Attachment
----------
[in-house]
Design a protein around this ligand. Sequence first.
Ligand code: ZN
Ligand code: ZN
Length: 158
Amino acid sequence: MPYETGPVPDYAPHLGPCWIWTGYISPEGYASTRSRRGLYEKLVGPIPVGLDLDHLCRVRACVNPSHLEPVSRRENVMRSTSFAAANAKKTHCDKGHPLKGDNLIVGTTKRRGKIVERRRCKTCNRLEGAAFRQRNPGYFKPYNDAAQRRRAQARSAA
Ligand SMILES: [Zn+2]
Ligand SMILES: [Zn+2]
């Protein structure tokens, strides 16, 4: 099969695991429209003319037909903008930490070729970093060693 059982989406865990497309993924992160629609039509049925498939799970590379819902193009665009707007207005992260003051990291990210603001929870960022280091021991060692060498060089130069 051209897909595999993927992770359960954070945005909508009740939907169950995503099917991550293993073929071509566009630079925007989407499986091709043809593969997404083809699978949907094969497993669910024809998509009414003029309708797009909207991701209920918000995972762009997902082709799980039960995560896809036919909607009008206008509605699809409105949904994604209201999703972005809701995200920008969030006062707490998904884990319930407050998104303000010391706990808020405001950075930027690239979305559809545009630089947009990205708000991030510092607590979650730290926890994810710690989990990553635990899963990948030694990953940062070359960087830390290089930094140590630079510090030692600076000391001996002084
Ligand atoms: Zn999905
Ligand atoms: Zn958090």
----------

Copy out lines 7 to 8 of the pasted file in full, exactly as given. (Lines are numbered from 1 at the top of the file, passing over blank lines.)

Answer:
Ligand SMILES: [Zn+2]
Ligand SMILES: [Zn+2]